What to do with your garden waste

garden waste

Whilst gardening is typically seen as quite an environmentally-friendly activity, the reality is that even we gardeners produce our fair share of waste. In the past much of this was either burned on a bonfire or was piled into garbage bags for landfill. These days, however, whether we’re getting rid of grass clippings or felled logs, the key is treating this waste in an efficient and planet-conscious manner. So what steps can we take?

Understanding Our Garden Waste

Most garden waste can be classified as either green or brown, which is determined by the moisture content of the waste as well as the colour of it. Green waste arises in response to grass cutting, weeding, pruning and harvesting of our vegetables. In contrast, brown waste arises when we cut down trees, trim branches and remove deadwood. To all of this, we can add organic matter produced in our households.

The following methods can be used to recycle and reuse our garden waste:

Trench Gardening

Trench gardening utilizes microbes to break down garden and kitchen waste into a nutrient- and carbon-rich substance. As well as producing rich, oil-improving compost, trench gardening can also improve the pH value of your soil and encourage the activity of earthworms.

Start by digging a trench in your vegetable garden as deep and wide as your garden spade. The soil taken out can be placed to the side, as you’ll want to re-use it later. The trench is then filled with layers of waste, starting at the bottom with small twigs, thin layers of grass clippings, leaves, vegetable cuttings and shredded cardboard.

The process continues until the trench is filled, at which point the topsoil is replaced. Over time, the layers will decompose, providing additional nutrients to your garden plants.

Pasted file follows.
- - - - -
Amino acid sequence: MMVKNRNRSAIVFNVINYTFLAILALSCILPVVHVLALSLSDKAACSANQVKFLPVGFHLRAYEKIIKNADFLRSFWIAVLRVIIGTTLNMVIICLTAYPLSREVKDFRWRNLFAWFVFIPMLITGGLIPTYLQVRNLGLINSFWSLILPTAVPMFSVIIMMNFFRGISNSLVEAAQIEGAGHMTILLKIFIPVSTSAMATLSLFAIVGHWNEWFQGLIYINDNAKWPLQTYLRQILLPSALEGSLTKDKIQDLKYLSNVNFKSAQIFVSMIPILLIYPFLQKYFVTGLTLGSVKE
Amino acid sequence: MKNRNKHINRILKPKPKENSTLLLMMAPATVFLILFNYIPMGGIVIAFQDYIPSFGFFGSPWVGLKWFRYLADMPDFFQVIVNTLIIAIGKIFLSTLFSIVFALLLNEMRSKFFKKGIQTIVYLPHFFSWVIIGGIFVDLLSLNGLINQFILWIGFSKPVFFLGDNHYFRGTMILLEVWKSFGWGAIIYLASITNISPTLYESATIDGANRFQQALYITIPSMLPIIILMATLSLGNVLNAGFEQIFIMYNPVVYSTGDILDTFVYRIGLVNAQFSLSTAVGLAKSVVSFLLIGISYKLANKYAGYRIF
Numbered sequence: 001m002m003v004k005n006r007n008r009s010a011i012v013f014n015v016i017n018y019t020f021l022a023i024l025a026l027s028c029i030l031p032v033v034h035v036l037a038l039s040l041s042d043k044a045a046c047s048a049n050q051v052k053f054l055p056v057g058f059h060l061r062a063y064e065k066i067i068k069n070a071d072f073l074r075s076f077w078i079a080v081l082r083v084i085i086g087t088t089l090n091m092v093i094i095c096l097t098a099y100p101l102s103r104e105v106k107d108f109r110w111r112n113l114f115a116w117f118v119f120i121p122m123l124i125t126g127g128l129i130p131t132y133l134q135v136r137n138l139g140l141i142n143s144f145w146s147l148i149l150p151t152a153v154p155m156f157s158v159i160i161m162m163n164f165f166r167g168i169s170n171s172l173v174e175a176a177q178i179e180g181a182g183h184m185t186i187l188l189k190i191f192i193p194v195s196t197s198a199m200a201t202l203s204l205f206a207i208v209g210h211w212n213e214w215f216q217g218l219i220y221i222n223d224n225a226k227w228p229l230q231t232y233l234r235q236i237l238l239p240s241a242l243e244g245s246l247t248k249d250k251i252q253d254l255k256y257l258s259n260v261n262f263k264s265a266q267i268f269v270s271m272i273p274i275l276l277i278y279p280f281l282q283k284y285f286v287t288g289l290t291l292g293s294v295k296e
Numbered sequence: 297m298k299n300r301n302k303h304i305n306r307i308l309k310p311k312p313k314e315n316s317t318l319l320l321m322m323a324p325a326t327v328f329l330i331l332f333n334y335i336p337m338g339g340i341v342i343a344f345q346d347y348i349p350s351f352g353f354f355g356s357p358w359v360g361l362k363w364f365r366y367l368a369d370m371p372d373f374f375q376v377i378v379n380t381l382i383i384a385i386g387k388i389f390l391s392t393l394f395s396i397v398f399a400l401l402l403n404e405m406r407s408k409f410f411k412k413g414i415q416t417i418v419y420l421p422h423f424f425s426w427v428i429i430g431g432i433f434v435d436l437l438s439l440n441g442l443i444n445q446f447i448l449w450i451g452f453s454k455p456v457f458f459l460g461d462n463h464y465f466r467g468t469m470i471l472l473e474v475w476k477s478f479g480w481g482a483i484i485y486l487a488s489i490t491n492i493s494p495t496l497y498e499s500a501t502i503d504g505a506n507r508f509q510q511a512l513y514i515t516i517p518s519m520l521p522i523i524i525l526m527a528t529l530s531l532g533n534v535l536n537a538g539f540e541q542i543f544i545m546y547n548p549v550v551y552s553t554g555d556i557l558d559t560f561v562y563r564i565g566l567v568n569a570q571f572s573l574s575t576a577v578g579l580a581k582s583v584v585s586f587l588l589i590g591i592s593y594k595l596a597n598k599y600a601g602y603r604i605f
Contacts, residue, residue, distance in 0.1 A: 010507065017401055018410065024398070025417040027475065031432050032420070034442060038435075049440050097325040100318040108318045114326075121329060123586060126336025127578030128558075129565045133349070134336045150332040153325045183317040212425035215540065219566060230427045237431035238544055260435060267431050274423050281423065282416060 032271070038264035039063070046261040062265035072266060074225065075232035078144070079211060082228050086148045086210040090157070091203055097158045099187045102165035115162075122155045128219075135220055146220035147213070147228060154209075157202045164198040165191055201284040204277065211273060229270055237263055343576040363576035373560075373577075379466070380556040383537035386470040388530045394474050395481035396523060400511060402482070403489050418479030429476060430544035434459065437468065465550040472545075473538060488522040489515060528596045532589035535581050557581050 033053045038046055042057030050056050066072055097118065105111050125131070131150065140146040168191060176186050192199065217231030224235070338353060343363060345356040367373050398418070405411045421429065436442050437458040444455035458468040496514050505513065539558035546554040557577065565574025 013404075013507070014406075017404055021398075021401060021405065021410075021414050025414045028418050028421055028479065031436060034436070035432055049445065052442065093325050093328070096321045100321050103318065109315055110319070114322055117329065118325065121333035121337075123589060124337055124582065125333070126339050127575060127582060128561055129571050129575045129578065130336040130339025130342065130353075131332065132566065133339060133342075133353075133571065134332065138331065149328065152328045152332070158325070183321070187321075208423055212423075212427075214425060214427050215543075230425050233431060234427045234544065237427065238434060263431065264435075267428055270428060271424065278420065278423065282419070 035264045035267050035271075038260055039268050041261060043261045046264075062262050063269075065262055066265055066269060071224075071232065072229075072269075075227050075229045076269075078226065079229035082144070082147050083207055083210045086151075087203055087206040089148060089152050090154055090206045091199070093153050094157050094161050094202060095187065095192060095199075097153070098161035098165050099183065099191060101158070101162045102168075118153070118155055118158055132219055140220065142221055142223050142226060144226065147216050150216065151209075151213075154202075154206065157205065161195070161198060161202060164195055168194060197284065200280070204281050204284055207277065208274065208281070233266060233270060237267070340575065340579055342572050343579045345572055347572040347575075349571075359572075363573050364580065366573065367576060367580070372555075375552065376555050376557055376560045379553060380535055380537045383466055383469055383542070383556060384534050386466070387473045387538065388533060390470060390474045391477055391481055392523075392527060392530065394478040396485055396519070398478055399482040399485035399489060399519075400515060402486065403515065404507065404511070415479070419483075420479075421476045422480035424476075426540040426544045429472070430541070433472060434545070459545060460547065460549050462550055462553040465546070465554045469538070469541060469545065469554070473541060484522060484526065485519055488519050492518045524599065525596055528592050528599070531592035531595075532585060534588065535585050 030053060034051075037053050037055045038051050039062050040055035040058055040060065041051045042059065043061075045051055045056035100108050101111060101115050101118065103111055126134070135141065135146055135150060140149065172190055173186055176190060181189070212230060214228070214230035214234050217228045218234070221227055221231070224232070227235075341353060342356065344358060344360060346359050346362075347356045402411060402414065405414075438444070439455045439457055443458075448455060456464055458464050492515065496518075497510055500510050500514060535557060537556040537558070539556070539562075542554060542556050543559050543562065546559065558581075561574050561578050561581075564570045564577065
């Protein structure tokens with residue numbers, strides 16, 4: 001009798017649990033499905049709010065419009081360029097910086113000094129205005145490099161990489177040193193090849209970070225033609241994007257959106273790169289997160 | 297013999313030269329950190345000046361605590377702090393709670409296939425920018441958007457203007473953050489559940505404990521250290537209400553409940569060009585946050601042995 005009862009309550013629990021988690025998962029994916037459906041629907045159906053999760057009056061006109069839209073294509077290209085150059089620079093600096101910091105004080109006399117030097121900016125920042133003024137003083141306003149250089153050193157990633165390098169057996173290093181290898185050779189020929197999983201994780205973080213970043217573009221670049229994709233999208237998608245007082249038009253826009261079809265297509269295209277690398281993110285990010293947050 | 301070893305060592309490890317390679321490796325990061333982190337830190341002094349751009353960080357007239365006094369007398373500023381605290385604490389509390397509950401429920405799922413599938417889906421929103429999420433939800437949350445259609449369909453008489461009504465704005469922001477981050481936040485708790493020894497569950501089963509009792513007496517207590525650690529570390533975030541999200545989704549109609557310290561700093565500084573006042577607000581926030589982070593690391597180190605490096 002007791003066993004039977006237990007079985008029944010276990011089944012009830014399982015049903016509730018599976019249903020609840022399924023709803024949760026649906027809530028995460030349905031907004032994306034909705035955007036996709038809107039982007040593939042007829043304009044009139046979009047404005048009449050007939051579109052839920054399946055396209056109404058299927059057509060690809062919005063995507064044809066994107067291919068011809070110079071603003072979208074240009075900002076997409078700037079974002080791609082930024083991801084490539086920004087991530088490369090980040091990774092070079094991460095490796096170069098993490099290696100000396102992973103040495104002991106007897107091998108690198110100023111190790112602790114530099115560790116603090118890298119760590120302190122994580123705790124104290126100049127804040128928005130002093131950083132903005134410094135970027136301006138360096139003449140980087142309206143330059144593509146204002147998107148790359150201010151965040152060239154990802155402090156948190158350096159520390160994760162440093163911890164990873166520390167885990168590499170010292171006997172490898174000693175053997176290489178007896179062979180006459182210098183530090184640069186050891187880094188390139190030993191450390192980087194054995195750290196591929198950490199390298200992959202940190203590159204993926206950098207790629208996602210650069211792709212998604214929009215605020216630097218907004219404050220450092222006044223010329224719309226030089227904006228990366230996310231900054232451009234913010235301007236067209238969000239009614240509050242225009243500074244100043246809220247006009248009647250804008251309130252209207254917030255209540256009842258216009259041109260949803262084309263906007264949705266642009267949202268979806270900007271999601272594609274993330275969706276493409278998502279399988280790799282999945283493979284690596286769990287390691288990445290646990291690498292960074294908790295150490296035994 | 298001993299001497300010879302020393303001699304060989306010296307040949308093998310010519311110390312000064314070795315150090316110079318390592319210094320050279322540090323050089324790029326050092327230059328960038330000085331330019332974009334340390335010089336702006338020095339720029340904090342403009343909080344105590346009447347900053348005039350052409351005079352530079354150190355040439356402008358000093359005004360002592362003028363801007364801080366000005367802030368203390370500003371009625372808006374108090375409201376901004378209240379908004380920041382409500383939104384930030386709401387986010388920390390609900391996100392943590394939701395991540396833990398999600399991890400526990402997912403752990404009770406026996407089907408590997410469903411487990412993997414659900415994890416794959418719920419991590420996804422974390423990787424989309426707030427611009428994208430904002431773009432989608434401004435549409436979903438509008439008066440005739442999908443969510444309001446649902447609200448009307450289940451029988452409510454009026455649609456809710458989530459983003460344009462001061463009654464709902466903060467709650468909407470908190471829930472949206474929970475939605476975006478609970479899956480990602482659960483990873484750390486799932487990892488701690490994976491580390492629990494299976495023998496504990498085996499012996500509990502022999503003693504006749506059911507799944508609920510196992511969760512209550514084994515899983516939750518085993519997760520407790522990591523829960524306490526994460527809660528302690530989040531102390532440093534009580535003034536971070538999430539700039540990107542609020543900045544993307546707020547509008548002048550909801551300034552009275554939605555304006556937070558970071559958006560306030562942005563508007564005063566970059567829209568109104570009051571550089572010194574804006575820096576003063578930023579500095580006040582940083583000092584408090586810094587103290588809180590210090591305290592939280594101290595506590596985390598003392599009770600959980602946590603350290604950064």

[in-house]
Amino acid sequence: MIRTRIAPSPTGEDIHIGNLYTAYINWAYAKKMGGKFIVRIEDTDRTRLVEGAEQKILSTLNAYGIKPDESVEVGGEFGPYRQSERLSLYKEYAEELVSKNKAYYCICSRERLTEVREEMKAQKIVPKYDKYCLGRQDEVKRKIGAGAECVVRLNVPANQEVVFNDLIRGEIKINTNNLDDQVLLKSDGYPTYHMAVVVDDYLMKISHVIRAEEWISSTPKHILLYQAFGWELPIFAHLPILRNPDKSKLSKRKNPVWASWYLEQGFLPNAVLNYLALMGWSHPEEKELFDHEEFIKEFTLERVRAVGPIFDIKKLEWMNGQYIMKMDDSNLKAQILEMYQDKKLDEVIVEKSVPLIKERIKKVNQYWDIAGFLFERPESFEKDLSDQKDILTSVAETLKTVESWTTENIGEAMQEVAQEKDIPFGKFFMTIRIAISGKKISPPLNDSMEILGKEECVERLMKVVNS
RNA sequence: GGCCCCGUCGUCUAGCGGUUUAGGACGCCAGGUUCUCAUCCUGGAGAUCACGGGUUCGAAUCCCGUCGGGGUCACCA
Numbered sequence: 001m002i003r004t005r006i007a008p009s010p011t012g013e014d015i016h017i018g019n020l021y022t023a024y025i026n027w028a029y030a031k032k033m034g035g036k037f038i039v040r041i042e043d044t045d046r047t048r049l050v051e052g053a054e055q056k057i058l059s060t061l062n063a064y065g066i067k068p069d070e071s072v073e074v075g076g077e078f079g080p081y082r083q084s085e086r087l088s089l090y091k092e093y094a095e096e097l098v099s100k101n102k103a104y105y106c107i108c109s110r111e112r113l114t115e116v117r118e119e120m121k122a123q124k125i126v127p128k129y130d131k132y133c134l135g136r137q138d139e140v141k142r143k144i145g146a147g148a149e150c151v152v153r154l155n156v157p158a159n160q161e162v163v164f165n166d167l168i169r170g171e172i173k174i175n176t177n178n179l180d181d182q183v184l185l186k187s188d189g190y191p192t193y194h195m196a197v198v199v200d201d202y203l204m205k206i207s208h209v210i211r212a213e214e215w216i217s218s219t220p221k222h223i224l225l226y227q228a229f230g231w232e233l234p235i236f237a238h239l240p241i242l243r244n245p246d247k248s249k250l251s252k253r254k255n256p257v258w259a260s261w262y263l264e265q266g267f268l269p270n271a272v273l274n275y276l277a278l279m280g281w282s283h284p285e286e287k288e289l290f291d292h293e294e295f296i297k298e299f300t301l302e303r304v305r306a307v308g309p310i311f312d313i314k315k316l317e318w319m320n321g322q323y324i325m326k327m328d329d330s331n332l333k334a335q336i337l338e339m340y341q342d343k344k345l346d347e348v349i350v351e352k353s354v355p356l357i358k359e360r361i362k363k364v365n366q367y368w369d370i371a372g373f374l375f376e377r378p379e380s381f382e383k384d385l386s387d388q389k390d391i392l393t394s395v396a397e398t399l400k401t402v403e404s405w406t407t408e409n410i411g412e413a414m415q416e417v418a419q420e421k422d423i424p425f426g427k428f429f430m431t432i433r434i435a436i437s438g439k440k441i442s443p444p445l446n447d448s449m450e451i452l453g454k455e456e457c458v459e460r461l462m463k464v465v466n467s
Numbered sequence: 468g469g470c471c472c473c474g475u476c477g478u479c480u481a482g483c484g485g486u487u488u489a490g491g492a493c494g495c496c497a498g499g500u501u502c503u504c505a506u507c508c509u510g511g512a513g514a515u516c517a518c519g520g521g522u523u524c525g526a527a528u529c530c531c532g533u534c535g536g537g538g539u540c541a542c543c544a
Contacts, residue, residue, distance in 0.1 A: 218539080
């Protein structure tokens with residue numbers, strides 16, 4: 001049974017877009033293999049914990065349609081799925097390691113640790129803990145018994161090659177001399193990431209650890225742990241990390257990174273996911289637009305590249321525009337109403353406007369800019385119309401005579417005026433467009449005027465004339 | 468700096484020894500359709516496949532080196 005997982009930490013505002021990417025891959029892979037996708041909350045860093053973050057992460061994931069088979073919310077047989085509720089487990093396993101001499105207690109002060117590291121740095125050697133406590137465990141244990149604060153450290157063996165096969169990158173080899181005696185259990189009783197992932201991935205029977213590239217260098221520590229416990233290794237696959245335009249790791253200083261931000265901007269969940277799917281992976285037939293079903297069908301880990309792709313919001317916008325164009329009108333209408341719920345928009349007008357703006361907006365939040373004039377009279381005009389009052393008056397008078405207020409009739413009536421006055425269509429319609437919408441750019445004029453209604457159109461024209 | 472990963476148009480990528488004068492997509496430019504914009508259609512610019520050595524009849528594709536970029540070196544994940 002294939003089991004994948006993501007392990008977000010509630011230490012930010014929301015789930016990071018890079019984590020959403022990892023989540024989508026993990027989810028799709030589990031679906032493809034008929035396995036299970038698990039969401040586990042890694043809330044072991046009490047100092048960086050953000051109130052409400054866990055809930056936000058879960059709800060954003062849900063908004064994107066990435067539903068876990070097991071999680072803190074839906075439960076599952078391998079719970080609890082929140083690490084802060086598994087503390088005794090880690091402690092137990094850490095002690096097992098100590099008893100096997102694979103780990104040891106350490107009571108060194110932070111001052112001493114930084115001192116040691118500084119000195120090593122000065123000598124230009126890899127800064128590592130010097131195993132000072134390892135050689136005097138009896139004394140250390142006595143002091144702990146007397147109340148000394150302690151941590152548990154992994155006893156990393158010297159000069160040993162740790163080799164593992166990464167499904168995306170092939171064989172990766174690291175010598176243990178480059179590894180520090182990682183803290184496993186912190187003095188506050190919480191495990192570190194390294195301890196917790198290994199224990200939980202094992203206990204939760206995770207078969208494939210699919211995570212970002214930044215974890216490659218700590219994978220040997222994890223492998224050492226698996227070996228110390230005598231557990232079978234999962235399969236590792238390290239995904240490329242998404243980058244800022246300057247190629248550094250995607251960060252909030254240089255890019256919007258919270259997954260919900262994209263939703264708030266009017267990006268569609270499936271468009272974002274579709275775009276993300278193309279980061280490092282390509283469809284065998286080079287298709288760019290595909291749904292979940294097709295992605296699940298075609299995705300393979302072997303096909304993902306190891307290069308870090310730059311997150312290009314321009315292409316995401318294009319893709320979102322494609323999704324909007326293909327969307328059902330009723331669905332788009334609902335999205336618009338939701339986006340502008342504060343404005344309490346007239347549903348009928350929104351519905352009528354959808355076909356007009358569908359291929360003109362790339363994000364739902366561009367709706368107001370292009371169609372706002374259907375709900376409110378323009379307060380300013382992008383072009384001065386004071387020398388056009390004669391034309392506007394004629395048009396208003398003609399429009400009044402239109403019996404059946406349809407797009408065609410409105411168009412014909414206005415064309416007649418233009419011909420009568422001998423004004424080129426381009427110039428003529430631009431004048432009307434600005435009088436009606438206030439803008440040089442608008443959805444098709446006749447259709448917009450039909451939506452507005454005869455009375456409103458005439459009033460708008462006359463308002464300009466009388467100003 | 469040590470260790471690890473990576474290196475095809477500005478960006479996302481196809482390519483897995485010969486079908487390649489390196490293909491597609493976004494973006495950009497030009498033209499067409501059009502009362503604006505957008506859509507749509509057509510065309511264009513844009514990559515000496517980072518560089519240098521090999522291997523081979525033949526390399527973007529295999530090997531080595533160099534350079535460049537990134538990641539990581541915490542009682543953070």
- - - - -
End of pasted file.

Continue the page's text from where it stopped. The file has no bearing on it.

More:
The first rule of composting is to ensure a 50/50 mix between green and brown waste in your bin or heap. Doing so ensures an ideal environment for the microbes that do all the hard work. Too much green waste can lead to excessive moisture, and plant material that just turns to foul-smelling mush rather than rich, swell-smelling compost. Non-vegetable waste is best avoided in your compost heap. For example, meat can spoil, smelling terrible or attracting vermin.

The speed at which plant material tends to break down is related to the temperature at which it is kept. Warmer conditions encourage more activity from microorganisms. Consequently, siting your compost bin in a sunny corner of your garden can be beneficial. The use of plastic bins, which absorb the sun’s rays, or covering your compost bin with a tarpaulin can further increase the temperature.

Alternatively, for the less patient gardener it is possible to purchase “compost activators” to kick-start the process.

Regularly inspect your compost and once it turns into a friable dark material which smells and looks like soil it is ready for use.


Larger plant material like twigs and branches can be troublesome to compost. A great option for this tougher garden waste is to use a garden shredder to quickly chop them into much finer pieces. Many crops like cucurbits and beans can, after harvesting, also be shredded to clear the area and tall growing weeds can also be shredded in finer pieces..

Your shredded garden waste can then serve a number of different purposes. Firstly, it can be safely added to your compost heap, where it should break down far more rapidly than before. Another smart option is to use your shreddings as mulch between plants or at border edgings.

Using Large Brown Waste

Many of us have trees that require maintenance, but excess logs can be problematic to dispose of.

The first option is simply to cut the logs into lengths, then build a “woodpile” for the benefit of wildlife. Many reptiles, invertebrates and small mammals will appreciate all the potential nesting places such a construction provides.

Secondly, logs can be chopped into smaller chunks, before being used as fuel during the colder months. You’ll likely need to hire or buy suitable tools for such a procedure; a chainsaw will help to cut logs to a suitable length, while an axe or log splitter will help to split the logs open for faster drying and more efficient burning.

One final option is using a heavy duty chipper to turn unwanted logs into wood chips. Your wood chips can then be used as a mulch or on walkways in your garden, helping to retain moisture and over a period of time become part of your soil. Some gardeners with wood burning stoves even opt to burn these chippings, as they dry much more quickly than larger logs so require less seasoning.